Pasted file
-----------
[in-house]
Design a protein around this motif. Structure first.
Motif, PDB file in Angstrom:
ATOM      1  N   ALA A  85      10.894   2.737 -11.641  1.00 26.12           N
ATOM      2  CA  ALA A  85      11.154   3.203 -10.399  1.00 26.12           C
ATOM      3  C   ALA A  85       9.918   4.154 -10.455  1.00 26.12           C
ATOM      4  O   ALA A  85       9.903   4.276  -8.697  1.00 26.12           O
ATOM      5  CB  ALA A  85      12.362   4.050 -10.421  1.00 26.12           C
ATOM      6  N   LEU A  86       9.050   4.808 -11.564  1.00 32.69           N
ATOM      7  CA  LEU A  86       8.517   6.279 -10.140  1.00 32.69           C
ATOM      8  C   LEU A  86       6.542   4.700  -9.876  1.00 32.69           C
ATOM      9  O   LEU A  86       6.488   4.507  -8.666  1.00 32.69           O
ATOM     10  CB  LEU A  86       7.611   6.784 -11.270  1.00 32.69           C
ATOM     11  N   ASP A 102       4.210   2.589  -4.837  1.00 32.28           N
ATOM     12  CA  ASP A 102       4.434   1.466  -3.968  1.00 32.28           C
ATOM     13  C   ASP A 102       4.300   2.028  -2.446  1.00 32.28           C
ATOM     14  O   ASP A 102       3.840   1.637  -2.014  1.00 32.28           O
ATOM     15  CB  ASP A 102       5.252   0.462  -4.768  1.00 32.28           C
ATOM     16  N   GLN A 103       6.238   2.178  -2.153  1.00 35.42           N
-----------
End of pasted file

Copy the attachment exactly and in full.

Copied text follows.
[in-house]
Design a protein around this motif. Structure first.
Motif, PDB file in Angstrom:
ATOM      1  N   ALA A  85      10.894   2.737 -11.641  1.00 26.12           N
ATOM      2  CA  ALA A  85      11.154   3.203 -10.399  1.00 26.12           C
ATOM      3  C   ALA A  85       9.918   4.154 -10.455  1.00 26.12           C
ATOM      4  O   ALA A  85       9.903   4.276  -8.697  1.00 26.12           O
ATOM      5  CB  ALA A  85      12.362   4.050 -10.421  1.00 26.12           C
ATOM      6  N   LEU A  86       9.050   4.808 -11.564  1.00 32.69           N
ATOM      7  CA  LEU A  86       8.517   6.279 -10.140  1.00 32.69           C
ATOM      8  C   LEU A  86       6.542   4.700  -9.876  1.00 32.69           C
ATOM      9  O   LEU A  86       6.488   4.507  -8.666  1.00 32.69           O
ATOM     10  CB  LEU A  86       7.611   6.784 -11.270  1.00 32.69           C
ATOM     11  N   ASP A 102       4.210   2.589  -4.837  1.00 32.28           N
ATOM     12  CA  ASP A 102       4.434   1.466  -3.968  1.00 32.28           C
ATOM     13  C   ASP A 102       4.300   2.028  -2.446  1.00 32.28           C
ATOM     14  O   ASP A 102       3.840   1.637  -2.014  1.00 32.28           O
ATOM     15  CB  ASP A 102       5.252   0.462  -4.768  1.00 32.28           C
ATOM     16  N   GLN A 103       6.238   2.178  -2.153  1.00 35.42           N